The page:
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Baltimore Police Union Suggests Fixes After Scathing DOJ Report

More training and more supervisors were among the union's suggested fixes after the DOJ found it systematically discriminated against blacks.
Image: Baltimore police walk near a mural depicting Freddie Gray
Baltimore police walk near a mural depicting Freddie Gray after prosecutors dropped remaining charges against the three Baltimore police officers who were still awaiting trial in Gray's death, in Baltimore, on July 27, 2016. The decision by prosecutors comes after a judge had already acquitted three of the six officers charged in the case.Steve Ruark / AP, file

BALTIMORE — The Baltimore police union released its own suggested fixes on Thursday after a scathing Department of Justice report found officers have used excessive force, made unwarranted arrests and systematically discriminated against African Americans.

The police union's recommendations include overhauling training curriculum, clarifying policies and procedures, and streamlining use of force standards for all units across the department.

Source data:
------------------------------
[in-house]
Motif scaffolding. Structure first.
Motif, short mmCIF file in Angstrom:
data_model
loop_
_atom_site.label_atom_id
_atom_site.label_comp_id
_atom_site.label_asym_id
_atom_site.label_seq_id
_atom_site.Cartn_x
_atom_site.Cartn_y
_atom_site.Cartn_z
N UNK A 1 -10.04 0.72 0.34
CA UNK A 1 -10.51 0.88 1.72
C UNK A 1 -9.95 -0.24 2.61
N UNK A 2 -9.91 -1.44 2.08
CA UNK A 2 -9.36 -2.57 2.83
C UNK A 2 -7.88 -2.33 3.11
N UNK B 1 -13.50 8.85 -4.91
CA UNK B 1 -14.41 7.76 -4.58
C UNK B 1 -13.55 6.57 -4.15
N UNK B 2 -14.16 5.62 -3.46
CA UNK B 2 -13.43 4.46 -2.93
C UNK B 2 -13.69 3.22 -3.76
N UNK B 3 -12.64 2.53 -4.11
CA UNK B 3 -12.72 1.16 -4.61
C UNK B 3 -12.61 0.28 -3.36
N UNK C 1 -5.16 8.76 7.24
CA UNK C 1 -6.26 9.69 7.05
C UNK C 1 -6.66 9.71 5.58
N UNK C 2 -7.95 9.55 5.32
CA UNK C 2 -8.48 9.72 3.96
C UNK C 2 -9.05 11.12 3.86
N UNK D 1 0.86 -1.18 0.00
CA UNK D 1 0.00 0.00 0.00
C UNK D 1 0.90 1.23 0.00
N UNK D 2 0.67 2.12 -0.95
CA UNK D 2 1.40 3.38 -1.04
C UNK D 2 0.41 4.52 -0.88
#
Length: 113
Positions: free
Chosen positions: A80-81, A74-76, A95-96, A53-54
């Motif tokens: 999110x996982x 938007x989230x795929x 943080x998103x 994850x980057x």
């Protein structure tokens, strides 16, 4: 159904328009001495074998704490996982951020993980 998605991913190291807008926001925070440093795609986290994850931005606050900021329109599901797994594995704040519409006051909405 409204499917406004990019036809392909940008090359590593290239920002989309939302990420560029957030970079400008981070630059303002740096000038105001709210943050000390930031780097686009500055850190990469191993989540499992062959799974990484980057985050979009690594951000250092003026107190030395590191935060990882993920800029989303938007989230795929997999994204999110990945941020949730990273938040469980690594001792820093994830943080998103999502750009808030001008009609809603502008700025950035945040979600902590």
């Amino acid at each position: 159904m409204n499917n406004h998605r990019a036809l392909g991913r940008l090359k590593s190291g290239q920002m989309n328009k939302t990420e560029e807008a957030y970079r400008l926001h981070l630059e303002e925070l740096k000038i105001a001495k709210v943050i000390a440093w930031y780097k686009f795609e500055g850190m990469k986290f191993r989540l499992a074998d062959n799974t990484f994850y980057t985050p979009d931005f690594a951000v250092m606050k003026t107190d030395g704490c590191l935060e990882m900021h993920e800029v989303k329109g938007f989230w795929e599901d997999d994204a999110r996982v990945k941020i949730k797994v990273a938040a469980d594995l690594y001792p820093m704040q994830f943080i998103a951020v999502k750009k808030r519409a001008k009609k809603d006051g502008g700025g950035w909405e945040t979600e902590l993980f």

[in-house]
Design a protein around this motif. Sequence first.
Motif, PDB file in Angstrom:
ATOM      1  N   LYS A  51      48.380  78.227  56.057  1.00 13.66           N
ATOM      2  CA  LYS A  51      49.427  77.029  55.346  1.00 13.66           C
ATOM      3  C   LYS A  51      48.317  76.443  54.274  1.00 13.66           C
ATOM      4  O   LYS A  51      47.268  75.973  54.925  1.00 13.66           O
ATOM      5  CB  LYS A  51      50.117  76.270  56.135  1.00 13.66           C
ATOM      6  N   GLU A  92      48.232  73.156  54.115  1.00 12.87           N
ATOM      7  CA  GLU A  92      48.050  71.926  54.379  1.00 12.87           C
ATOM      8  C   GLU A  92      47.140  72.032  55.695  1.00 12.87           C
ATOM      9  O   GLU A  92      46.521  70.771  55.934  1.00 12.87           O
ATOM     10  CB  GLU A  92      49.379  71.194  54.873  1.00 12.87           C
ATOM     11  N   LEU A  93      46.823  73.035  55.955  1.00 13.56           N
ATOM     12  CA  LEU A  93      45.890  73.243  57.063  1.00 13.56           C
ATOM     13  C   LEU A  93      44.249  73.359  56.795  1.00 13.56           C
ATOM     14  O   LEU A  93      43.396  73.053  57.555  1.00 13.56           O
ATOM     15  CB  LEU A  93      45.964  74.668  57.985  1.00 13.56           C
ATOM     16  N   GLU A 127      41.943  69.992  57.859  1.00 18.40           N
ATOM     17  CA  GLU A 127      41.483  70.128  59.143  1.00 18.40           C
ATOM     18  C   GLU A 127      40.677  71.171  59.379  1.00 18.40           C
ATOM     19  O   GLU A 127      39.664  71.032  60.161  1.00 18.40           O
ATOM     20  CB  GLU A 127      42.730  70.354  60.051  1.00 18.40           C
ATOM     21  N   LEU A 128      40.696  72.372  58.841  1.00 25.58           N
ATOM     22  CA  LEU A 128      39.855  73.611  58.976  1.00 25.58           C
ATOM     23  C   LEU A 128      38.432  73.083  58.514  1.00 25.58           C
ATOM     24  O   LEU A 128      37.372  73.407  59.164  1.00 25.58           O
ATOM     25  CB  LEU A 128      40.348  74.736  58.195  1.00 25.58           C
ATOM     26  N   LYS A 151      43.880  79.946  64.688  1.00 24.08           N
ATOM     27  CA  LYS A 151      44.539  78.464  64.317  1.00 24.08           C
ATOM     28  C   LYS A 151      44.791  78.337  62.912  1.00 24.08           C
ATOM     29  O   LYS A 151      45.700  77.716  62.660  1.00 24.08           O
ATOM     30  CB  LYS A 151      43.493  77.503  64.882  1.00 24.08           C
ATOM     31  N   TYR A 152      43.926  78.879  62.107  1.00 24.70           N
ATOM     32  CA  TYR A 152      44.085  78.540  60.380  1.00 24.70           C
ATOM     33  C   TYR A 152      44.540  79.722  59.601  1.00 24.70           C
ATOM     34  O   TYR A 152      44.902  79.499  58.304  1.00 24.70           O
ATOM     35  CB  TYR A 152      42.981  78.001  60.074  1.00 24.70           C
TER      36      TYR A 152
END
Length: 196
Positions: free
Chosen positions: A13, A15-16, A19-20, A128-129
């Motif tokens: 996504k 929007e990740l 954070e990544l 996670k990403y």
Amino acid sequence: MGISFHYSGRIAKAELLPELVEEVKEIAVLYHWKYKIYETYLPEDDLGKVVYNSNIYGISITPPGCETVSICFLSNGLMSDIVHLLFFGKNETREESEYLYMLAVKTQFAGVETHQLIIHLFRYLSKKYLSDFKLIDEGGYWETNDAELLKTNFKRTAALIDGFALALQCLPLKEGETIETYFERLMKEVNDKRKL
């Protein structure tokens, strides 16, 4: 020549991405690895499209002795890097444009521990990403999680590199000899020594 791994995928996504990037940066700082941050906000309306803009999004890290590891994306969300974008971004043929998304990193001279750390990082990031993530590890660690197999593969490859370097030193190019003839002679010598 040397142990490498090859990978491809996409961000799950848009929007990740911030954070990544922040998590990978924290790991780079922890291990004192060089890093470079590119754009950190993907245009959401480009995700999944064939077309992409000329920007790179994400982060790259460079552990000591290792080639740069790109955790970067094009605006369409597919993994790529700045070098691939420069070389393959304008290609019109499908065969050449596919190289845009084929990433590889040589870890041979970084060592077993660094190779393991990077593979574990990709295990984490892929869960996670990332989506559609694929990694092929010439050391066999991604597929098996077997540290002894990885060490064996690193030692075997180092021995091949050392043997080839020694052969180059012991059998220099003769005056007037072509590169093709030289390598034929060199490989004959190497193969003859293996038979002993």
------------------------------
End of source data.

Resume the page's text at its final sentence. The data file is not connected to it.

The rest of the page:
The union is also asking for more supervisors, and increased training for them prior to rank promotions, and the creation of a new rank between officer and sergeant. Officers also want better technology, and say involuntary overtime work should be eliminated.

The DOJ report, issued in August, outlined discriminatory practices by Baltimore Police and mandated sweeping reforms. The Justice Department opened an investigation into the department last May, less than a month after the city's streets exploded in civil unrest, prompted by the death of Freddie Gray, a young black man whose neck was broken in the back of a police wagon.

The Justice Department looked at hundreds of thousands of pages of documents, including internal affairs files and data on stops, searches and arrests.

It found that one African-American man was stopped 30 times in less than four years, and never charged. Of 410 people stopped at least 10 times from 2010 to 2015, 95 percent were black. During that time, no one of any other race was stopped more than 12 times.

With the release of the report, the city agreed to negotiate with the Justice Department a set of police reforms over the next few months to fend off a government lawsuit. The reforms will be enforceable by the courts.

The union in its recommendations acknowledged that the discriminatory practices investigators identified were indeed rampant, but blamed them on the police department's emphasis on statistics.

"Our membership agrees that the current use of bad practices has contributed to the present climate of the distrust between the citizens of Baltimore and the Baltimore Police Department," the union said. "For too many years the focus of the agency has been stat driven."